1. Section Editor(s): Riper, Marcia Van PhD, RN, FAAN

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Recent advances in genomics are dramatically altering the landscape of prenatal testing. Until recently, the two main types of prenatal testing were (1) noninvasive prenatal screening (i.e., maternal serum screening, nuchal translucency measurements, and ultrasounds) and (2) invasive diagnostic testing (i.e., chorionic villus sampling and amniocentesis). In October 2011, a new type of testing, noninvasive prenatal diagnosis (NIPD), was launched in major cities across the United States. With this type of testing, a diagnosis of Down syndrome can be made as early as 7 weeks postconception using a small sample of a pregnant woman's blood. While there are advantages to this type of testing (e.g., safe for the fetus, accurate results available early in the pregnancy, and less expensive than other diagnostic testing options), there are ethical, legal, and practical implications that need to be considered. A recent report by the Council for Responsible Genetics (2011) includes an in-depth discussion of the complex issues raised by the introduction of NIPD such as freedom of choice in reproductive decision-making, justice and access to care, and stigmatization and disability rights.


Maternal-child nurses need to become well informed about NIPD. As frontline healthcare providers, nurses will play a critical role in the integration of this type of prenatal testing into clinical practice. Unfortunately, there is growing evidence that many nurses and other healthcare providers lack the knowledge necessary to help pregnant women and their families make well-informed decisions regarding prenatal testing, especially the newest options in prenatal testing. Moreover, many healthcare providers are not prepared to address the ethical and social implications associated with prenatal testing. Because of this, there is a good chance that pregnant women who agree to undergo NIPD will do so with minimal understanding of the purpose, risks, benefits, and limitations of the testing. As a result, these pregnant women and their families may be unaware of the decisions that need to be made following a positive prenatal testing result. For example, a pregnant women who undergoes NIPD may not know that within a relatively short time after receiving a positive test result, she must decide if she wants to undergo invasive testing to confirm the diagnosis. Then, if a diagnosis of Down syndrome is confirmed, the pregnant woman and her family must decide if they want to (a) continue the pregnancy and keep the child, (b) continue the pregnancy and give the child up for adoption, or (c) terminate the pregnancy. Furthermore, much of the information used by expectant parents to make these difficult decisions is imprecise and probabilistic because a prenatal diagnosis of Down syndrome does not include fetus-specific information regarding level of intellectual ability and health status.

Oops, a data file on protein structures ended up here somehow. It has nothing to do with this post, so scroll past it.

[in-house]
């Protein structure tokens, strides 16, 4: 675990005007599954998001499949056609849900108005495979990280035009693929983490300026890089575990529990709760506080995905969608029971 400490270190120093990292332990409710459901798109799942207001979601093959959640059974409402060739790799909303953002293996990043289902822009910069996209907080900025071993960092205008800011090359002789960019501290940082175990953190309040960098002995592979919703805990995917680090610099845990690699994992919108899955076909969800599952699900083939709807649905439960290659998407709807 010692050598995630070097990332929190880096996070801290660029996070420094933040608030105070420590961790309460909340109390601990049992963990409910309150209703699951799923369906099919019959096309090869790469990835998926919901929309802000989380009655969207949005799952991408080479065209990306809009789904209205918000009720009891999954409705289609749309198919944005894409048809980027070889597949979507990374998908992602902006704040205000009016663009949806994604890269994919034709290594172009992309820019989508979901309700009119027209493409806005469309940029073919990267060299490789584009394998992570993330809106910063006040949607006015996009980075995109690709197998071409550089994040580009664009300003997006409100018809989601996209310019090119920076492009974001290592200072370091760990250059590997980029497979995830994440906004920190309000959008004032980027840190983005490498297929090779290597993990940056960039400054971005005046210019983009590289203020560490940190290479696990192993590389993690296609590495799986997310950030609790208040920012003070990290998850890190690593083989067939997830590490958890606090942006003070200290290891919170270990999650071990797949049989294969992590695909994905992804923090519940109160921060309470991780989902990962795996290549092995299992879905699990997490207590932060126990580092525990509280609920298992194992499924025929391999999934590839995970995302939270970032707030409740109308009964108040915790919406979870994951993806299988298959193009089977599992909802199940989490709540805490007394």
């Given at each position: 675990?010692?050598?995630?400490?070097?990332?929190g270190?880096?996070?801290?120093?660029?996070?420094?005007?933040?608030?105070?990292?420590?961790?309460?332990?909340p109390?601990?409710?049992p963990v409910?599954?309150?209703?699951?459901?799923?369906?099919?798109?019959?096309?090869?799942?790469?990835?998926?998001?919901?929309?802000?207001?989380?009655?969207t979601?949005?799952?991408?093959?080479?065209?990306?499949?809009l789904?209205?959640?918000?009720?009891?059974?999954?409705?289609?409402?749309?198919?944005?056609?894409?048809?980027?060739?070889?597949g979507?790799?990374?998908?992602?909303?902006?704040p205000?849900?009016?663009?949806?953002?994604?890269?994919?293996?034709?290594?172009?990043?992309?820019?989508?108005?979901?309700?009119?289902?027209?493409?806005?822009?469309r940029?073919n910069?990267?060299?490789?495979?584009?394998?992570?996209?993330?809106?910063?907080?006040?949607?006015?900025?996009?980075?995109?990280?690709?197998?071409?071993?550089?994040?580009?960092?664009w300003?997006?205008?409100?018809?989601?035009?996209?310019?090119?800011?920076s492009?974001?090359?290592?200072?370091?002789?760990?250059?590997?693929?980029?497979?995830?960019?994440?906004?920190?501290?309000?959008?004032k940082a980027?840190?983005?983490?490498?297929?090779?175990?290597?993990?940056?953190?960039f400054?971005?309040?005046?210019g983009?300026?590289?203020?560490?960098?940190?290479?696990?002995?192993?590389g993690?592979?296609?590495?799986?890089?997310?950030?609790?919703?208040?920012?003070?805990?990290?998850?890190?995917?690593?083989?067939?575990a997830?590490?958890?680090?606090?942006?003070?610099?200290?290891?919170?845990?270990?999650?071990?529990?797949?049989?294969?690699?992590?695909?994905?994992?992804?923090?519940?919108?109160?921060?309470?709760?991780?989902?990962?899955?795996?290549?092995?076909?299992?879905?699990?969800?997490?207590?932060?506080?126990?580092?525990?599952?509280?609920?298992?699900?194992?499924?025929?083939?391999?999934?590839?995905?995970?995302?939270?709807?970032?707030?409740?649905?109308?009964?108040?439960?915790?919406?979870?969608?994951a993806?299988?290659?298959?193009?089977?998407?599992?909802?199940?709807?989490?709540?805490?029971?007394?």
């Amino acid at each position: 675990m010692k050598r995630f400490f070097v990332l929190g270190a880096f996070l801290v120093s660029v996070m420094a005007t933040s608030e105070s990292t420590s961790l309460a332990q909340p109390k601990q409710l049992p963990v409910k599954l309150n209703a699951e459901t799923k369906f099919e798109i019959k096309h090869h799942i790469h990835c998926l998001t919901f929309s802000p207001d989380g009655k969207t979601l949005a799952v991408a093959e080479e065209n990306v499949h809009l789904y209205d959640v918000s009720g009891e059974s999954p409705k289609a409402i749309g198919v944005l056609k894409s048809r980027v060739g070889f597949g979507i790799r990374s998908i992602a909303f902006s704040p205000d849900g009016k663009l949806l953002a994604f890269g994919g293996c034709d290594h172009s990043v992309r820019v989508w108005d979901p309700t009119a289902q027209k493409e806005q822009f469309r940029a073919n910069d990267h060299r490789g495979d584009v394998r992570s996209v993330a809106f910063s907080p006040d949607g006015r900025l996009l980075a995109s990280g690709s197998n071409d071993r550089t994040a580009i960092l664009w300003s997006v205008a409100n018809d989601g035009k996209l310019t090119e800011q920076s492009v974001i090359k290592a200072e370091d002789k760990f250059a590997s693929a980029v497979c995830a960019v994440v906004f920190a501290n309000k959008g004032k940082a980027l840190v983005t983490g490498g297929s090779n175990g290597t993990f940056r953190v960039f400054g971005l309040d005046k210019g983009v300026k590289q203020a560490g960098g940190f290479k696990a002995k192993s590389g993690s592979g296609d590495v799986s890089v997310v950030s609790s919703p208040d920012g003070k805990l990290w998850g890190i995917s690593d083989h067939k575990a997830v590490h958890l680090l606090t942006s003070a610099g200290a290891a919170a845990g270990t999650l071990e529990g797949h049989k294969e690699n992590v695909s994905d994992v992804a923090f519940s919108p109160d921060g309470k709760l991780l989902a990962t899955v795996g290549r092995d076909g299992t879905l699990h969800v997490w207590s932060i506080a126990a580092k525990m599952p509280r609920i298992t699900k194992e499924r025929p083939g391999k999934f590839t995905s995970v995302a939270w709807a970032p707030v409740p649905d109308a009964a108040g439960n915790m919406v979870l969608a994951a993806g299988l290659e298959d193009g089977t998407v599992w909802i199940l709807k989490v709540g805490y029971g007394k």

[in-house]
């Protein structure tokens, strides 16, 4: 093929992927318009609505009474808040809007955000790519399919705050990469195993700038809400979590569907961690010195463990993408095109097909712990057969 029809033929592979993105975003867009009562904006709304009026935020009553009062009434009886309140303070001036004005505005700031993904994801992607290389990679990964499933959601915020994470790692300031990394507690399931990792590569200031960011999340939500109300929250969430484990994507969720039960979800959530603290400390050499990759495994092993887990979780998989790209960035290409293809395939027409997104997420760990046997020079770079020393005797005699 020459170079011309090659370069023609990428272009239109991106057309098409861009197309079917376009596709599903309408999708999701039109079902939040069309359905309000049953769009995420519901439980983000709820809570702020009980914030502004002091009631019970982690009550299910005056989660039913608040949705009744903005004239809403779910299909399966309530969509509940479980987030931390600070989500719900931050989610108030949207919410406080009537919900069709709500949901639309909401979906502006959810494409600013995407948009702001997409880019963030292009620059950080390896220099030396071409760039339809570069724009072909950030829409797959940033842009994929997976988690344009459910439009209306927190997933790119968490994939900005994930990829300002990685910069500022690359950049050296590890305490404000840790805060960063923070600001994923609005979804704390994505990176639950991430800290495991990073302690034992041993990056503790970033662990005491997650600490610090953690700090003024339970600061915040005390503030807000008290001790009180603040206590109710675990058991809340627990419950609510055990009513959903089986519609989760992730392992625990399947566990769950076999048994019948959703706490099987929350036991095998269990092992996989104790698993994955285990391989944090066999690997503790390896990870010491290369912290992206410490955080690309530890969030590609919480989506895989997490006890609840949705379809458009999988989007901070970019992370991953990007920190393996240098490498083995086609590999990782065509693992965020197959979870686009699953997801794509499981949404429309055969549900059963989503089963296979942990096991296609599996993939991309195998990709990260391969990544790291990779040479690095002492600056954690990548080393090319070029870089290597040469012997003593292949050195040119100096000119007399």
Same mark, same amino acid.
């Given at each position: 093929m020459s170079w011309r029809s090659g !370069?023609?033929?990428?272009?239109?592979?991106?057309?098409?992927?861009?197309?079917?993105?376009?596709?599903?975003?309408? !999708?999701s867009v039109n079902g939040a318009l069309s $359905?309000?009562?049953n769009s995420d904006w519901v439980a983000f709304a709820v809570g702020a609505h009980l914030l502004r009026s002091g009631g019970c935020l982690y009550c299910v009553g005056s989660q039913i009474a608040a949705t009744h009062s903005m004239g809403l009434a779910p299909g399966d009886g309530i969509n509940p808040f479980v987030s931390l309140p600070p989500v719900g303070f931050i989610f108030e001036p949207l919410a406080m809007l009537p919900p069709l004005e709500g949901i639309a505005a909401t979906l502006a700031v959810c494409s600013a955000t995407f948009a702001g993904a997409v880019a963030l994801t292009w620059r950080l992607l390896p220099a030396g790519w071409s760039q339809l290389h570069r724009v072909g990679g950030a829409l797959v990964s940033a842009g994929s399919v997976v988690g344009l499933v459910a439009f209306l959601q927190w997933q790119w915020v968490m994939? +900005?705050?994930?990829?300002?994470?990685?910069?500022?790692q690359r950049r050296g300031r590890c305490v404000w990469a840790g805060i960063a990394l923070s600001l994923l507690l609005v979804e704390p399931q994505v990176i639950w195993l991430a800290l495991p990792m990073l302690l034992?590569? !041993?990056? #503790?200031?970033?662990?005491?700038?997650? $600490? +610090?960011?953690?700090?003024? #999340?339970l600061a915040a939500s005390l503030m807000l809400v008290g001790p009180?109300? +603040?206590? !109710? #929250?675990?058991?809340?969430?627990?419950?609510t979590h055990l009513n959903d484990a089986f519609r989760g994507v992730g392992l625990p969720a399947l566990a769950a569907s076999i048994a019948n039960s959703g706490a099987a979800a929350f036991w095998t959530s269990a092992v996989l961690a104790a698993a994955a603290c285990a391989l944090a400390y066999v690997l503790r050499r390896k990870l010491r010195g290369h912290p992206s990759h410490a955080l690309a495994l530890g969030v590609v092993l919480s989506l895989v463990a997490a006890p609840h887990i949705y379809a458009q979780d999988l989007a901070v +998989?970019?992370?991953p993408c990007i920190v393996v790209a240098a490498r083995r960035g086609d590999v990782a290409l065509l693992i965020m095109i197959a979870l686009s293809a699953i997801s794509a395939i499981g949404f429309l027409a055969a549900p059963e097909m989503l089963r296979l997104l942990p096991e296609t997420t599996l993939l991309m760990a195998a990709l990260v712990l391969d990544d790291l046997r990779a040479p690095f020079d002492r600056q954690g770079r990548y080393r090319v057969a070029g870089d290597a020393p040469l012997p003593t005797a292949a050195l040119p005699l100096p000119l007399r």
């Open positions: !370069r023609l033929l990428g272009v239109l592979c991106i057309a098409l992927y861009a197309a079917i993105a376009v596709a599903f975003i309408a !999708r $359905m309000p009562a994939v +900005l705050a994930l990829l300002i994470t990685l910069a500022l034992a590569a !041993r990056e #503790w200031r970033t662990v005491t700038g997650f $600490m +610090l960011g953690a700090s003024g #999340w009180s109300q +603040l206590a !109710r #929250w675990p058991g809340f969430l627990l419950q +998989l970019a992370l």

Given the speed with which genomic advances are changing the landscape of prenatal testing, greater attention needs to be paid to the type of information pregnant women receive prior to undergoing prenatal testing. There also is an urgent need for more dialogue among pregnant women, expectant families, healthcare providers, and disability advocates concerning the wide variety of prenatal testing options. Ideally, this will result in pregnant women and their families receiving more than only technical information about prenatal testing. That is, the technical information will be complemented by information about choices that need to be made following a positive test result, resources for families who receive a positive diagnosis of Down syndrome, and up-to-date information about life with Down syndrome in the 21st century.




Haymon, L. (2011). Non-invasive prenatal genetic diagnosis (NIPD). Council for Responsible Genetics. Retrieved from